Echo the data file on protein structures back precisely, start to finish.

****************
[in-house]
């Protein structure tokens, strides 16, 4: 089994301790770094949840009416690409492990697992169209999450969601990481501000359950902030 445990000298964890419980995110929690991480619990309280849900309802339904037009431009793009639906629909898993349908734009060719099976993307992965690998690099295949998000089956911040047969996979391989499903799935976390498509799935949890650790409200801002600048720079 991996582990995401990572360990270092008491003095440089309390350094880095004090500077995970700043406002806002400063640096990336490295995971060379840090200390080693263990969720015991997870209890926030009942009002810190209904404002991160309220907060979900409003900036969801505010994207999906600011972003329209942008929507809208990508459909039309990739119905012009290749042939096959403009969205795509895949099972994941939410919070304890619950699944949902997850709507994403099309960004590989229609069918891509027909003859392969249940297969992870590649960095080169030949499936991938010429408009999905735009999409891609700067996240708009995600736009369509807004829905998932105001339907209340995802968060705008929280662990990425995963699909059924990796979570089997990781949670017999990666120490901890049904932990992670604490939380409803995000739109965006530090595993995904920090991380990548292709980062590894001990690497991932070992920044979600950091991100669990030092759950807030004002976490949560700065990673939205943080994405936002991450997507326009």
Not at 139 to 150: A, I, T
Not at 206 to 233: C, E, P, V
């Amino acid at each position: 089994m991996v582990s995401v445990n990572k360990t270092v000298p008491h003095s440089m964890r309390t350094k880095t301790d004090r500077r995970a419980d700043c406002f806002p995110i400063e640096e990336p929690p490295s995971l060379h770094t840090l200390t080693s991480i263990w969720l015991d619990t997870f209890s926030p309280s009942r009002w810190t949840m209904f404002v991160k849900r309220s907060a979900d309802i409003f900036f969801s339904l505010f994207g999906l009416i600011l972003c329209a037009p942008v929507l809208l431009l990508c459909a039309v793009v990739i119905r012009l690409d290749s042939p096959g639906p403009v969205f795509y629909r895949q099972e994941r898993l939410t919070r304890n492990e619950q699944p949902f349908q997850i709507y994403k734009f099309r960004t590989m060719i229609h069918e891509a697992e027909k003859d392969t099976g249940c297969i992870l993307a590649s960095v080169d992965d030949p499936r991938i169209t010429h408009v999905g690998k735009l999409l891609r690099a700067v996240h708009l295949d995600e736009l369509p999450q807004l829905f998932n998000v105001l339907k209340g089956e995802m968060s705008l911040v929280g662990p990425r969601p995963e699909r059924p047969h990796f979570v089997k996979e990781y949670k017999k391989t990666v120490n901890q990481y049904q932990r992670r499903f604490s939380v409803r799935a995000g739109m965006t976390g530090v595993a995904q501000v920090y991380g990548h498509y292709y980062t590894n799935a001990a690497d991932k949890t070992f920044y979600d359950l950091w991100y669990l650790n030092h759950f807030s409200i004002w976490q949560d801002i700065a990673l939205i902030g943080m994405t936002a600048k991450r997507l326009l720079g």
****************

[in-house]
């Protein structure tokens, strides 16, 4: 089994301790770094949840009416690409492990697992169209999450969601990481501000359950902030 445990000298964890419980995110929690991480619990309280849900309802339904037009431009793009639906629909898993349908734009060719099976993307992965690998690099295949998000089956911040047969996979391989499903799935976390498509799935949890650790409200801002600048720079 991996582990995401990572360990270092008491003095440089309390350094880095004090500077995970700043406002806002400063640096990336490295995971060379840090200390080693263990969720015991997870209890926030009942009002810190209904404002991160309220907060979900409003900036969801505010994207999906600011972003329209942008929507809208990508459909039309990739119905012009290749042939096959403009969205795509895949099972994941939410919070304890619950699944949902997850709507994403099309960004590989229609069918891509027909003859392969249940297969992870590649960095080169030949499936991938010429408009999905735009999409891609700067996240708009995600736009369509807004829905998932105001339907209340995802968060705008929280662990990425995963699909059924990796979570089997990781949670017999990666120490901890049904932990992670604490939380409803995000739109965006530090595993995904920090991380990548292709980062590894001990690497991932070992920044979600950091991100669990030092759950807030004002976490949560700065990673939205943080994405936002991450997507326009």
Not at 139 to 150: A, I, T
Not at 206 to 233: C, E, P, V
């Amino acid at each position: 089994m991996v582990s995401v445990n990572k360990t270092v000298p008491h003095s440089m964890r309390t350094k880095t301790d004090r500077r995970a419980d700043c406002f806002p995110i400063e640096e990336p929690p490295s995971l060379h770094t840090l200390t080693s991480i263990w969720l015991d619990t997870f209890s926030p309280s009942r009002w810190t949840m209904f404002v991160k849900r309220s907060a979900d309802i409003f900036f969801s339904l505010f994207g999906l009416i600011l972003c329209a037009p942008v929507l809208l431009l990508c459909a039309v793009v990739i119905r012009l690409d290749s042939p096959g639906p403009v969205f795509y629909r895949q099972e994941r898993l939410t919070r304890n492990e619950q699944p949902f349908q997850i709507y994403k734009f099309r960004t590989m060719i229609h069918e891509a697992e027909k003859d392969t099976g249940c297969i992870l993307a590649s960095v080169d992965d030949p499936r991938i169209t010429h408009v999905g690998k735009l999409l891609r690099a700067v996240h708009l295949d995600e736009l369509p999450q807004l829905f998932n998000v105001l339907k209340g089956e995802m968060s705008l911040v929280g662990p990425r969601p995963e699909r059924p047969h990796f979570v089997k996979e990781y949670k017999k391989t990666v120490n901890q990481y049904q932990r992670r499903f604490s939380v409803r799935a995000g739109m965006t976390g530090v595993a995904q501000v920090y991380g990548h498509y292709y980062t590894n799935a001990a690497d991932k949890t070992f920044y979600d359950l950091w991100y669990l650790n030092h759950f807030s409200i004002w976490q949560d801002i700065a990673l939205i902030g943080m994405t936002a600048k991450r997507l326009l720079g």